How to Re-Hydrate Stale Cigars
One of the most often asked questions I get is, "Is there anything you can do if your cigars dry out?" Actually, there is, but it also depends on how far gone they are when you discover the problem.
If the cigars are very hard, like kindling wood, then it may be time to move those cigars to the woodshed. However, if there's even a little bit of moisture left in them, they may be salvageable.
The best way to test this is to gently pinch the cigar at the foot. If it crumbles, you've got trouble. Other signs of trouble could be unraveling and cracked wrappers. So how does this happen?
If you don't have good, consistent humidification in your humidor your cigars will begin to lose their oils, and it's the oils that give tobaccos their flavor properties. Here's the rub: By re-humidifying your cigars they will eventually regain their suppleness, but because the oils evaporated during the period in which the cigars were drying-out, its unlikely the flavors will return. IOW, you can usually save stale cigars, but don't expect them to be as savory as when you first opened the box. Note that this applies to cigars that have been going stale over a period of months, not a few days. Cigars which may have dried-out during your vacation or business trip will probably retain most, if not all of their flavor after re-hydration.
The best advice is to try to prevent this from happening in the first place. I have a lot of faith in the integrity of my humidors, but I check them pretty regularly. If, for some reason I've gone more than a week without checking the temperature and RH (relative humidity),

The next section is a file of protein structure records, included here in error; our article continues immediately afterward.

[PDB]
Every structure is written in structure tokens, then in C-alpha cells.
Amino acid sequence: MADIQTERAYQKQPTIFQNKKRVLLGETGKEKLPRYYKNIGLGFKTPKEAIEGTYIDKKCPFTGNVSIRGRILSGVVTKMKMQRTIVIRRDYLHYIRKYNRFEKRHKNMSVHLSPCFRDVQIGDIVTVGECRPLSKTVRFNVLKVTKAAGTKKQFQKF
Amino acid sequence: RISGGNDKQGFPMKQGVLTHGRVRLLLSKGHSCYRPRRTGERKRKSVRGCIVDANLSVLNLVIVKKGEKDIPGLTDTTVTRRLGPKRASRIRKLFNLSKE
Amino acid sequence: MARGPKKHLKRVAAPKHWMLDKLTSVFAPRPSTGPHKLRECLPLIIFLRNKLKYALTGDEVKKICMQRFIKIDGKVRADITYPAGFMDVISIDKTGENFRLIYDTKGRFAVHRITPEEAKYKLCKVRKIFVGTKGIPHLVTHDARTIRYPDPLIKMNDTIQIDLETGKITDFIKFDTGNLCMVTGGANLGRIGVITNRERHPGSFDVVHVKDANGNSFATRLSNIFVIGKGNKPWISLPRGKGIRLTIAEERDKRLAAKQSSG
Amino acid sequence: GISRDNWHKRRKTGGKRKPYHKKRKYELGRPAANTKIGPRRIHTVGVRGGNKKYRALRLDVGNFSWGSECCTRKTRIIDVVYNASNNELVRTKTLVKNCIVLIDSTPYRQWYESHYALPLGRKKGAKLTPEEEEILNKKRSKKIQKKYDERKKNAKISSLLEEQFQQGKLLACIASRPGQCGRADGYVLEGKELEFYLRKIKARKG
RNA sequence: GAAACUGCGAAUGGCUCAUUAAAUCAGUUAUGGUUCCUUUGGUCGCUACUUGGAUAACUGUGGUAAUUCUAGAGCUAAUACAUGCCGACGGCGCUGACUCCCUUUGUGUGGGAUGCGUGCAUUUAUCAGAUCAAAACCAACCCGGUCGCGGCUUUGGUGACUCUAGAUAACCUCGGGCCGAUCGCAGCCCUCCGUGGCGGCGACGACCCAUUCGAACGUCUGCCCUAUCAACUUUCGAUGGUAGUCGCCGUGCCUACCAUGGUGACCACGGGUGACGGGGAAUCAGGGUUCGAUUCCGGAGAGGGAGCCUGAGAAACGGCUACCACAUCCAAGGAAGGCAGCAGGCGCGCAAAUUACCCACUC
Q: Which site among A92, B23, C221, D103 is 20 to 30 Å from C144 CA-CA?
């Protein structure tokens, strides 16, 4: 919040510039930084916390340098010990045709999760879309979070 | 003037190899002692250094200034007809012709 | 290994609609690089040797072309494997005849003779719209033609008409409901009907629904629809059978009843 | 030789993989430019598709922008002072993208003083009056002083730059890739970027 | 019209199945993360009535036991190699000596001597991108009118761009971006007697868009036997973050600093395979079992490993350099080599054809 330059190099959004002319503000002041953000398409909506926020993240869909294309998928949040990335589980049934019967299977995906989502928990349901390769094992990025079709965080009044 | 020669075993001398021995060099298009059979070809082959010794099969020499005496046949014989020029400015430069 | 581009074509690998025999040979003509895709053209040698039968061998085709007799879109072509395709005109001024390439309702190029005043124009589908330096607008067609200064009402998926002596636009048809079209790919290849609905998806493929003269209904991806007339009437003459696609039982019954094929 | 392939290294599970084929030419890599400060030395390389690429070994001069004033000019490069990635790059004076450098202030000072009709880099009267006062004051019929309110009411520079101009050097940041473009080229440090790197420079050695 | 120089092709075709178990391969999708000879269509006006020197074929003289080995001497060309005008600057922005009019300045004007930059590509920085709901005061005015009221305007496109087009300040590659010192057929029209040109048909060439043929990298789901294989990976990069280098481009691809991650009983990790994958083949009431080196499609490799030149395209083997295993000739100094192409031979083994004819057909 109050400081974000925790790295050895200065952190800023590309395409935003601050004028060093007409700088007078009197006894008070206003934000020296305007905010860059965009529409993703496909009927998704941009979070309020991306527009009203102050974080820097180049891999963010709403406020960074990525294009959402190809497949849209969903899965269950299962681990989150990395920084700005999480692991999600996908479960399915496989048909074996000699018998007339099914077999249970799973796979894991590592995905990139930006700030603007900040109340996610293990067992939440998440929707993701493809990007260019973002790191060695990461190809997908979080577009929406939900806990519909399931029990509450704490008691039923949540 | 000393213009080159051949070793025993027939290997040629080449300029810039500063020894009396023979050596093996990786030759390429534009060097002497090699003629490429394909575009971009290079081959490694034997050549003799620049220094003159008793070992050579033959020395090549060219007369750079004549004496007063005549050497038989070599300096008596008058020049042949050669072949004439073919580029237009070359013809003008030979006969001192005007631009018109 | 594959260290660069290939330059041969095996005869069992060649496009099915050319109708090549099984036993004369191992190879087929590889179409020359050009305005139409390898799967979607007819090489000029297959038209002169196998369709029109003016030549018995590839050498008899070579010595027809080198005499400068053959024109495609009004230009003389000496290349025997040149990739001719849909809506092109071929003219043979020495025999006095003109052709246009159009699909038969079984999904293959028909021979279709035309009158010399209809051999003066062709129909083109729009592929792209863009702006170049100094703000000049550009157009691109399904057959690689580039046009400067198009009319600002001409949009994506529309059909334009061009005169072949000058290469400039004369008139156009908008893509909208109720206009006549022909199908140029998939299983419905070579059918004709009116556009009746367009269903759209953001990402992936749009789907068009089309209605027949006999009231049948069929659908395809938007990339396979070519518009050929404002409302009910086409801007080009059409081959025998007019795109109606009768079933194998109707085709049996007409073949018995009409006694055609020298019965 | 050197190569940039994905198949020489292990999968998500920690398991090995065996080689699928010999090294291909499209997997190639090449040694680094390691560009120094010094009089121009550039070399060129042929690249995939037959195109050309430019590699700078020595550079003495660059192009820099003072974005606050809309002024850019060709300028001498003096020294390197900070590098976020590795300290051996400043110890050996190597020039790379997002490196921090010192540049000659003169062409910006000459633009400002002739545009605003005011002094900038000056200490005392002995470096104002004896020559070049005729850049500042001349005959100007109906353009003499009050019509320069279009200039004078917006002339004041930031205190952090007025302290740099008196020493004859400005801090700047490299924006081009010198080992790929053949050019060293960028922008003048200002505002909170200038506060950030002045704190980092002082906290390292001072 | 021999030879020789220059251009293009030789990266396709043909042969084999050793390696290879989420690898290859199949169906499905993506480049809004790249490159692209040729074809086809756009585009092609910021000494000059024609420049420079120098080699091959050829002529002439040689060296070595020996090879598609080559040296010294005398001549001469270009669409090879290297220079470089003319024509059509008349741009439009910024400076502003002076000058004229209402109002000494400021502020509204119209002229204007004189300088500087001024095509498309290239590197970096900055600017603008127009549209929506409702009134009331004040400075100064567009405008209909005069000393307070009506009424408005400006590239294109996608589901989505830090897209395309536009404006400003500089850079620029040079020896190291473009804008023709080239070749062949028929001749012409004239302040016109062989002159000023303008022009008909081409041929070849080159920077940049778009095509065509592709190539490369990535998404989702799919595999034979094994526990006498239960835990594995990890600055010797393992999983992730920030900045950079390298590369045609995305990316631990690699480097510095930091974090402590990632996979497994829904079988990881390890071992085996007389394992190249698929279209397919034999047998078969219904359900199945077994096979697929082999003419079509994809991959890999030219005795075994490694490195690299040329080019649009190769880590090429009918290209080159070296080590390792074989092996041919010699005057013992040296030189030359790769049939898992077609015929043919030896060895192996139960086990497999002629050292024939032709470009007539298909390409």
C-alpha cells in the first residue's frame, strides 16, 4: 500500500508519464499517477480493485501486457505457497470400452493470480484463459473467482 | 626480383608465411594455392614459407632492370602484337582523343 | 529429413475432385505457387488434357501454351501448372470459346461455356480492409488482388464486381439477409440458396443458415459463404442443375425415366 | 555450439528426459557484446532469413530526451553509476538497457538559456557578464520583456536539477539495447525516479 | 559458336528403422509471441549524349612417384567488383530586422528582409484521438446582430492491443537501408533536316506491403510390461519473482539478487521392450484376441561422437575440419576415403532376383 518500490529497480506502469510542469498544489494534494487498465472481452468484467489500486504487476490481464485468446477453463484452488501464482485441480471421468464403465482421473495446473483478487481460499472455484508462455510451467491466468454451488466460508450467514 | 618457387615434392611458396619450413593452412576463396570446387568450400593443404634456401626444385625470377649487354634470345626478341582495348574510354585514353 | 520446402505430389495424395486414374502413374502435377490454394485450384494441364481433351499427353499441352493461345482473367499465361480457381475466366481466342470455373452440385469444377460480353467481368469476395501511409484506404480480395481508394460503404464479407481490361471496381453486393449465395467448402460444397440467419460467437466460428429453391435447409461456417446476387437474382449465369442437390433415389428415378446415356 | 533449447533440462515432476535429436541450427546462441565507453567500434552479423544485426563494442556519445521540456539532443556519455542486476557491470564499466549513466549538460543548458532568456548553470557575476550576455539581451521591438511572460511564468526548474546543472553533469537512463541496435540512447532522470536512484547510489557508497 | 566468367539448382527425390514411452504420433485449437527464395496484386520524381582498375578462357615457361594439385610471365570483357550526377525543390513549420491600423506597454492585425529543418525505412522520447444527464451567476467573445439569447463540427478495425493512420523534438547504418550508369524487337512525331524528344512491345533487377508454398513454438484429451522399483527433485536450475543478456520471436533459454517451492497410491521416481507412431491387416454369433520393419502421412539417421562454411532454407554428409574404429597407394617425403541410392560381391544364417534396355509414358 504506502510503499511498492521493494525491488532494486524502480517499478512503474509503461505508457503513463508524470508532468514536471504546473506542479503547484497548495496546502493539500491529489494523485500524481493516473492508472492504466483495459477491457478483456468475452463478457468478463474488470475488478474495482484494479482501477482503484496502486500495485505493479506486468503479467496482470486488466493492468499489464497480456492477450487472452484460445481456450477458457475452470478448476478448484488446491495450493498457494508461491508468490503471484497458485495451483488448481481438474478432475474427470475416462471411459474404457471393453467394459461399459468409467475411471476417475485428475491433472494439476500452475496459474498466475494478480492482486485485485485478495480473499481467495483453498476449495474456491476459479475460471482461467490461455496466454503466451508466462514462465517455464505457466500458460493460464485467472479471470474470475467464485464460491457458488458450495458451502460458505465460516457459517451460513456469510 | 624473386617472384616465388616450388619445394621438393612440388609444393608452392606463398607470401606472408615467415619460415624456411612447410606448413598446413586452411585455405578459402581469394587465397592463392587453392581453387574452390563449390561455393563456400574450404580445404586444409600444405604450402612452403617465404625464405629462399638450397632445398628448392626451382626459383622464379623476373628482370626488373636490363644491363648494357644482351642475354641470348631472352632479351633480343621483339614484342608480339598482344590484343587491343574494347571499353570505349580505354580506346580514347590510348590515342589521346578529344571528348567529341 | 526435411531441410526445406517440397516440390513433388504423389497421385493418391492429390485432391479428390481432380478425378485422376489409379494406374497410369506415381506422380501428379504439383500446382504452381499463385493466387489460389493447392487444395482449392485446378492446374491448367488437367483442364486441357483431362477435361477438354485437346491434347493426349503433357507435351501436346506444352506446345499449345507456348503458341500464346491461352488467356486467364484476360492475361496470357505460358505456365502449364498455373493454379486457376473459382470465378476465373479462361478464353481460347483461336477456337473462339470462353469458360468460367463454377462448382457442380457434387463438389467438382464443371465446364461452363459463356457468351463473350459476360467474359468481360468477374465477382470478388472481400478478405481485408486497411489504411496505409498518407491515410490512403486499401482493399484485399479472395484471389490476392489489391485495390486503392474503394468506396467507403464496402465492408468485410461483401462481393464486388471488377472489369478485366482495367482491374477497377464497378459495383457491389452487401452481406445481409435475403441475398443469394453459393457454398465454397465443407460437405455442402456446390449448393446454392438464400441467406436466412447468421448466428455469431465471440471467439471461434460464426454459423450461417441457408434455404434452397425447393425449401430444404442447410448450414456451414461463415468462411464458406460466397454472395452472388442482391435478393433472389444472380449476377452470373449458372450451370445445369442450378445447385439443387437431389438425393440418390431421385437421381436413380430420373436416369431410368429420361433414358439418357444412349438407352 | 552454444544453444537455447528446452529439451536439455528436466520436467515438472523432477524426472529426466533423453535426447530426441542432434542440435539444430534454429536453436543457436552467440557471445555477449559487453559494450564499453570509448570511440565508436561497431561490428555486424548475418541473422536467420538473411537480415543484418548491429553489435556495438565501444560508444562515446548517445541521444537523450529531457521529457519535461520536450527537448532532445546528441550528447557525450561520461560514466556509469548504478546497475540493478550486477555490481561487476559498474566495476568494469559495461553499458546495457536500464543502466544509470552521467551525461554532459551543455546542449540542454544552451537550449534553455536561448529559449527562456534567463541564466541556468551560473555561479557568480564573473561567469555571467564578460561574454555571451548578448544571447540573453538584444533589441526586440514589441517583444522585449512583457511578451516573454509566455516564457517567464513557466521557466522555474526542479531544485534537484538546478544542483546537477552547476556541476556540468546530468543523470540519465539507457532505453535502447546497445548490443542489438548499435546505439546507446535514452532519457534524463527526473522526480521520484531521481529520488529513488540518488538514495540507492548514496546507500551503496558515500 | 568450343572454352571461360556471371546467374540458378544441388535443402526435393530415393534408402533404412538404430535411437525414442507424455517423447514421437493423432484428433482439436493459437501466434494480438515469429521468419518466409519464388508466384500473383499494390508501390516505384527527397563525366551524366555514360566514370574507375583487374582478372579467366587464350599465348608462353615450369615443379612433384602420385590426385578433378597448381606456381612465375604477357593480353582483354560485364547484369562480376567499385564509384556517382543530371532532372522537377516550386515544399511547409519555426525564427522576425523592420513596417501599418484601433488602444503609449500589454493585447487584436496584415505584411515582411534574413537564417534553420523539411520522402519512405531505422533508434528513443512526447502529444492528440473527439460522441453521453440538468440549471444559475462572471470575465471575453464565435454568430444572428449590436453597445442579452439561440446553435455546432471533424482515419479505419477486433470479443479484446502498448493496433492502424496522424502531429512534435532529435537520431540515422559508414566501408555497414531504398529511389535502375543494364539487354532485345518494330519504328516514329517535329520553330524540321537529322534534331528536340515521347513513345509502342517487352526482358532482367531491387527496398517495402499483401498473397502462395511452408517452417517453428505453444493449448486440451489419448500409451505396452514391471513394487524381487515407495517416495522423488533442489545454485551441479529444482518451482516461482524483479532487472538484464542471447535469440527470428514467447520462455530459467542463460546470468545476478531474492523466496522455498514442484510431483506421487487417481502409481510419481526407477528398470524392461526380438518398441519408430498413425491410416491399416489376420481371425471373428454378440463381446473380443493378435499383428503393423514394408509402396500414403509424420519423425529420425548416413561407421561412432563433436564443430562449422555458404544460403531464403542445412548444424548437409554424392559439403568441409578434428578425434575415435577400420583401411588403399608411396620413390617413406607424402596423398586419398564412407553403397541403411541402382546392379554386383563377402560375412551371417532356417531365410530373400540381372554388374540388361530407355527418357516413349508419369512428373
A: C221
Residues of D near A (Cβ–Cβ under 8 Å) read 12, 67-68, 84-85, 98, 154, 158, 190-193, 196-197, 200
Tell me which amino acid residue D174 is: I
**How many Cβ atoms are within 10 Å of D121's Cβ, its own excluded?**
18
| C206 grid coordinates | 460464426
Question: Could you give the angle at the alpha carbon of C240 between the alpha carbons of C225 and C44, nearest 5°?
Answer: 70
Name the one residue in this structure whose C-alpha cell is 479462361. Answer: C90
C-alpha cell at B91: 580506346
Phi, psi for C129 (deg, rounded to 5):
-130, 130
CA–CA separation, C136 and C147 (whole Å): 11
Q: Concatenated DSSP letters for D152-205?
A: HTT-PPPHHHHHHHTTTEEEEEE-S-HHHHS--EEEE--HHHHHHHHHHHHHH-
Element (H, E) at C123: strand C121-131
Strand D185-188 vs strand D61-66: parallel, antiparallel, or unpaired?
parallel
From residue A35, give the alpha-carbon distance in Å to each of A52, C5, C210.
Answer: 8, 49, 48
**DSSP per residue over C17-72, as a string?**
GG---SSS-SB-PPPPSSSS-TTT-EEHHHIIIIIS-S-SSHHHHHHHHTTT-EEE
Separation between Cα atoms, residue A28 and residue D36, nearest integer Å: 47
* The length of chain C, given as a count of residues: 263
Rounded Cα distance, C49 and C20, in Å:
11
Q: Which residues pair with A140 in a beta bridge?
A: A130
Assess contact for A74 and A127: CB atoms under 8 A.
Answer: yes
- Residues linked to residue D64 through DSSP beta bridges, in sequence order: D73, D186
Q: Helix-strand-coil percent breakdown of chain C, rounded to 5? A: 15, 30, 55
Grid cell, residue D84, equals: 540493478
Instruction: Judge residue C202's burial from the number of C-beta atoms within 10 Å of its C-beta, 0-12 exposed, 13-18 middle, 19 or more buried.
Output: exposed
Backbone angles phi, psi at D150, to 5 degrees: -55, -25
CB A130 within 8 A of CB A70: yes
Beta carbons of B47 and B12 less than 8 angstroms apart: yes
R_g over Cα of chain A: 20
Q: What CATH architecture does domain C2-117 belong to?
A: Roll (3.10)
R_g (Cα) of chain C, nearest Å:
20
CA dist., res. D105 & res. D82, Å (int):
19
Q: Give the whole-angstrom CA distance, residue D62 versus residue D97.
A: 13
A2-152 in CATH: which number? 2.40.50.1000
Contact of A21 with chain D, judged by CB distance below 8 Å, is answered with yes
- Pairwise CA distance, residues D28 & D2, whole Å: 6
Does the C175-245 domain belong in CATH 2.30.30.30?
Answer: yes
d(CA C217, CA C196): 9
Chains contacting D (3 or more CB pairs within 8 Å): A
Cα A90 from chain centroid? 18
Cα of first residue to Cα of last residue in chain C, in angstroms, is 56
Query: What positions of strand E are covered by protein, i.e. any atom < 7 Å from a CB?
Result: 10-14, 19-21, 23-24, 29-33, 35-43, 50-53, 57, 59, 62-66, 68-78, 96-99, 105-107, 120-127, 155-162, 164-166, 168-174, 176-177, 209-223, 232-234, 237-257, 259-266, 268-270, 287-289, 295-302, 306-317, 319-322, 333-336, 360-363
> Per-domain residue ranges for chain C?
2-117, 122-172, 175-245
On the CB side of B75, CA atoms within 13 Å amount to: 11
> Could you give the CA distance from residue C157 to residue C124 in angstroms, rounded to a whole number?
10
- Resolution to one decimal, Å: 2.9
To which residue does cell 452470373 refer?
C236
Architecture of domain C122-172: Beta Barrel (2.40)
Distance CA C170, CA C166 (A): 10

I get a little paranoid, but so far, so good.
Finally, make sure you have the right size humidifier for your humidor and a reliable hygrometer. My theory is, it's better to have a humidifier that's a little more than you need. It's easier to control the humidity that way, too. Make sure you also rotate your cigars from the bottom to top every couple of months to ensure all your cigars are getting the proper air flow and moisture. In a future article, I'll explain the proper way to re-humidify your cigars, so stay tuned…
Gary Korb has been writing and editing content for CigarAdvisor.com since its debut in 2008. An avid cigar smoker for over 30 years, during the past 12 years he has worked on the marketing side of the premium cigar business as a Sr. Copywriter, blogger, and cigar reviewer. A graduate of the Newhouse School of Public Communications at Syracuse University, prior to his career in the cigar business, Gary worked in the music and video industry as a marketer and a publicist.Show all Gary Korb's Articles